White, 496 U.S. at 329-30 (brackets in original).
It is apparent from the caller's description that he knew Walker. It is also apparent that he knew enough about the defendant's activities to know that he would get off in New York rather than at another stop. Again, if we bear in mind that we are dealing with a person arriving in a large city with contraband rather than with a person on her way from one place to another apparently to effect a particular transaction in contraband, it is difficult to imagine what more the caller should have been required to say in order for a police officer receiving the information to have had reasonable suspicion that the caller knew what he was talking about when he said Walker was carrying guns. The additional fact a caller might have supplied that was present in White but not here was the defendant's ultimate destination. However, inasmuch as Walker was simply arriving from out of town with the guns rather than being on his way to sell them, it would not have added much to the equation for the caller to have said Walker was going home or that he lived in the Bronx. That would simply have shown that the caller knew where Walker lived, a redundancy in view of the caller's knowledge of who Walker was, made obvious by the detailed description of Walker.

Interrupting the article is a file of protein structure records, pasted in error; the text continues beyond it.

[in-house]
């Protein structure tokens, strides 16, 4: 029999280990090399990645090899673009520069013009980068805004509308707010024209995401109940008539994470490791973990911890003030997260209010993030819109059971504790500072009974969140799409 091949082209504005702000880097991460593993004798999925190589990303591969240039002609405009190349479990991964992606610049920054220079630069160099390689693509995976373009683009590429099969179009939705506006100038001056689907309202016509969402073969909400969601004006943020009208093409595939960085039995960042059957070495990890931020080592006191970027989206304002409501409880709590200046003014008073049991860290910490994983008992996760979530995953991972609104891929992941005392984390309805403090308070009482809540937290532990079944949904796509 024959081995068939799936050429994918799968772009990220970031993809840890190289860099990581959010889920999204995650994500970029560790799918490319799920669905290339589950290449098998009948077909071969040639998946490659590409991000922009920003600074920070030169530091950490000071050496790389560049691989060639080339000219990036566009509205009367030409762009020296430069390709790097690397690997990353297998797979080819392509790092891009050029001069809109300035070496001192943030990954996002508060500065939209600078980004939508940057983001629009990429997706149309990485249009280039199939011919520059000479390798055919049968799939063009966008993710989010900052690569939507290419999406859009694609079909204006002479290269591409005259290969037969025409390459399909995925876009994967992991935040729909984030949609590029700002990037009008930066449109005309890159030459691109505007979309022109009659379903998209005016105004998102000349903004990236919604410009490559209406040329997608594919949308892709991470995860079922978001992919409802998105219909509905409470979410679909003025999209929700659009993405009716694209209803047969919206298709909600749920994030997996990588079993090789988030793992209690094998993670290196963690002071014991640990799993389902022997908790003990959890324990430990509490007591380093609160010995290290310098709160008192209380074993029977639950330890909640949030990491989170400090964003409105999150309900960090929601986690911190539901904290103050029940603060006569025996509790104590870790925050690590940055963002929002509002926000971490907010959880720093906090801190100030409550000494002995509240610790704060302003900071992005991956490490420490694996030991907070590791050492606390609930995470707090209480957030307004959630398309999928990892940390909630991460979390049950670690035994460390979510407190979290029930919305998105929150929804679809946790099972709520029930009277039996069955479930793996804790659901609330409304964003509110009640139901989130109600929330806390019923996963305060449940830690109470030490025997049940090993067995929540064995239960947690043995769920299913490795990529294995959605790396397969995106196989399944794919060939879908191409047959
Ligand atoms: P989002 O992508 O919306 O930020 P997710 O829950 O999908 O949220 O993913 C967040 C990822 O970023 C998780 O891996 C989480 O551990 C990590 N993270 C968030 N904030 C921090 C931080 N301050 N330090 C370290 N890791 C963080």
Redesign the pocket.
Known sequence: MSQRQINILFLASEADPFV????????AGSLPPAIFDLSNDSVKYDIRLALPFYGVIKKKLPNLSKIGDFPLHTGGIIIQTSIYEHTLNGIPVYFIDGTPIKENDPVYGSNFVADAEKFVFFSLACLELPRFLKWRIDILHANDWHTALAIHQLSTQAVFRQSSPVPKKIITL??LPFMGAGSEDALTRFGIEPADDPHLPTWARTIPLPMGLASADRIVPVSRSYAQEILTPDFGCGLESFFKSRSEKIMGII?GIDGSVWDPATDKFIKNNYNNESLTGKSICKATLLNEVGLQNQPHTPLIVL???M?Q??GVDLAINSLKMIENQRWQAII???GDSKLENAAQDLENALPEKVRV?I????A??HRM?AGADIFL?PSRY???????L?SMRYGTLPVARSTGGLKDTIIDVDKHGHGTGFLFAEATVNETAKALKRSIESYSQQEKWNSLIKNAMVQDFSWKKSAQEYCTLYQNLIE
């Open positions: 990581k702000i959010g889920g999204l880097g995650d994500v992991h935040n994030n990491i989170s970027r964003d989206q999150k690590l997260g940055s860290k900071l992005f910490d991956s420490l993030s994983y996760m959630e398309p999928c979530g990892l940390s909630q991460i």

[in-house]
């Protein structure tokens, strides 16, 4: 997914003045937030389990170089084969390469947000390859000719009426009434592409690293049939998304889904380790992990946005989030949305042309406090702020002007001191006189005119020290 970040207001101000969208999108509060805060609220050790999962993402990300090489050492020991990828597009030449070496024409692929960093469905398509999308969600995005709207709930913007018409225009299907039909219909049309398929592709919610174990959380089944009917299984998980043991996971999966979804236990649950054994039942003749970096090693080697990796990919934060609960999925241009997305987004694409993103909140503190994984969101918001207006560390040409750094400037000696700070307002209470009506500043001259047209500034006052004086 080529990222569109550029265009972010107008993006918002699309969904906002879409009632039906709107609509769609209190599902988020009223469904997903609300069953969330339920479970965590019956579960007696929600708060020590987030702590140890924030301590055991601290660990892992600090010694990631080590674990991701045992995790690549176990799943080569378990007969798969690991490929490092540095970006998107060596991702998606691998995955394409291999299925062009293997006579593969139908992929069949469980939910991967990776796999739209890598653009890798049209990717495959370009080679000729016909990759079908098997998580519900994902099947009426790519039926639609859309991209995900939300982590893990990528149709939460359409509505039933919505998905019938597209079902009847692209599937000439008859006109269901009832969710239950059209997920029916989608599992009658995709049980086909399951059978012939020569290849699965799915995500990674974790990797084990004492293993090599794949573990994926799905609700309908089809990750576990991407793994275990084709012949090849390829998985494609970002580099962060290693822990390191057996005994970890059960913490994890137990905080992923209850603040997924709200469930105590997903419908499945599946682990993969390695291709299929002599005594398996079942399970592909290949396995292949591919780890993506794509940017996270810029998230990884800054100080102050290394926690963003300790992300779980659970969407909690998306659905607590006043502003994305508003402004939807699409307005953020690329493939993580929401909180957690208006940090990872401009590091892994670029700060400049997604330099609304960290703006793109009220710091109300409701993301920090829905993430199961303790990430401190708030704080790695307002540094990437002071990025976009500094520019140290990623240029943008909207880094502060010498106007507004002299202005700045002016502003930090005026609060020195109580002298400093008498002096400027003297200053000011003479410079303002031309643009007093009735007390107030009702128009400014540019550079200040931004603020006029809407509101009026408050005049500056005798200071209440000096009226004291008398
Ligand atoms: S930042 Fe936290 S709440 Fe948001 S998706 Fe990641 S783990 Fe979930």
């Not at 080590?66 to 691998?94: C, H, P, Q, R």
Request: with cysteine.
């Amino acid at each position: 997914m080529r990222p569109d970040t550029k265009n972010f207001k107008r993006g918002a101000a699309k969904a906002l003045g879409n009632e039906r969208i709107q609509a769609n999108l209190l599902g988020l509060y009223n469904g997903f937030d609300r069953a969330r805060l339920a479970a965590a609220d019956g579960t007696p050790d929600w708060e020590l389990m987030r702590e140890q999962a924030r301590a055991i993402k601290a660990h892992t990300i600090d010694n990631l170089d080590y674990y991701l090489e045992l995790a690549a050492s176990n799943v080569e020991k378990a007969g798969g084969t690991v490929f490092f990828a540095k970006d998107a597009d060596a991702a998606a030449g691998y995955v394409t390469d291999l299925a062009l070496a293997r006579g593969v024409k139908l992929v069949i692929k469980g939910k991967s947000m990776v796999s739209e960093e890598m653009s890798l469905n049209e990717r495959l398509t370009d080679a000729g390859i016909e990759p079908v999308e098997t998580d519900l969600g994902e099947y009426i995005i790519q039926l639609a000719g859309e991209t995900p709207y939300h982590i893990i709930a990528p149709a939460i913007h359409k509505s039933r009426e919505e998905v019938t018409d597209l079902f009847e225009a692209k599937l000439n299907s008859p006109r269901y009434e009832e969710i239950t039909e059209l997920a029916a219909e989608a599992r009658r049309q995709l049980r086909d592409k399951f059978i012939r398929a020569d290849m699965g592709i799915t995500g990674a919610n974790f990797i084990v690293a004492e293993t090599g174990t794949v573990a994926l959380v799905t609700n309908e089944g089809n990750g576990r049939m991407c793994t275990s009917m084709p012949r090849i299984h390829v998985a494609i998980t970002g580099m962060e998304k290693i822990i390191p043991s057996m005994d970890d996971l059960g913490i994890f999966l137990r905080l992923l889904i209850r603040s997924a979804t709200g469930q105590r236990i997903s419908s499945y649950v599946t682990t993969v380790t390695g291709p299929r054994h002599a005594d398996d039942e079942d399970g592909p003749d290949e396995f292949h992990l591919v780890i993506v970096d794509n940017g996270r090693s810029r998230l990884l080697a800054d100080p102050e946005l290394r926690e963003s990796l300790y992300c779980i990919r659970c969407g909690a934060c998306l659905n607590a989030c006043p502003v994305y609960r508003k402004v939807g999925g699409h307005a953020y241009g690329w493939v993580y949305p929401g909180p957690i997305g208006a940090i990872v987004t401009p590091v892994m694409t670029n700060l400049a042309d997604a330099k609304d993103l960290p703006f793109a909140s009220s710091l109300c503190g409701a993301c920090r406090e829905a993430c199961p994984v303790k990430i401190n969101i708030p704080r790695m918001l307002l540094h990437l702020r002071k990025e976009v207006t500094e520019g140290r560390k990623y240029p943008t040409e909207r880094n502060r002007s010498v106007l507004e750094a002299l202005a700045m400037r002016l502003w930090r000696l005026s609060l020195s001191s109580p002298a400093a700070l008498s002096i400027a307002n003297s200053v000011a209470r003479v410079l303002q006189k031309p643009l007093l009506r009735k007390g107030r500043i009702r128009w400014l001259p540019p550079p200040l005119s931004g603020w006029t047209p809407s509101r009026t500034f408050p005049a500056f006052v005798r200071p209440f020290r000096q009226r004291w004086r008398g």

Moreover, following up Walker's destination would have required the railroad police, whose responsibility is to patrol railroad premises and who cannot be expected to have surveillance vehicles at their immediate disposal, to have enlisted the New York City police immediately to follow Walker as far as the Bronx before they stopped him. It is unreasonable to expect that such surveillance could have been arranged successfully in the brief moments between Walker's arrival and his entry into a taxi at no prearranged location in the vicinity of a busy railroad station. In sum, Walker's destination would have been unverifiable and therefore useless even if provided.
If, as the Supreme Court wrote, reasonable suspicion is simply an articulable set of circumstances that constitutes "'more than an "inchoate and unparticularized suspicion or 'hunch,'" White, 496 U.S. at 329, quoting Terry, or "'some minimal level of objective justification,'" id. at 330, quoting Delgado, that standard was met here: The caller knew who the defendant was, predicted that he would get off in New York and, unlike White, did not offer any information that was contradicted by what the officers saw.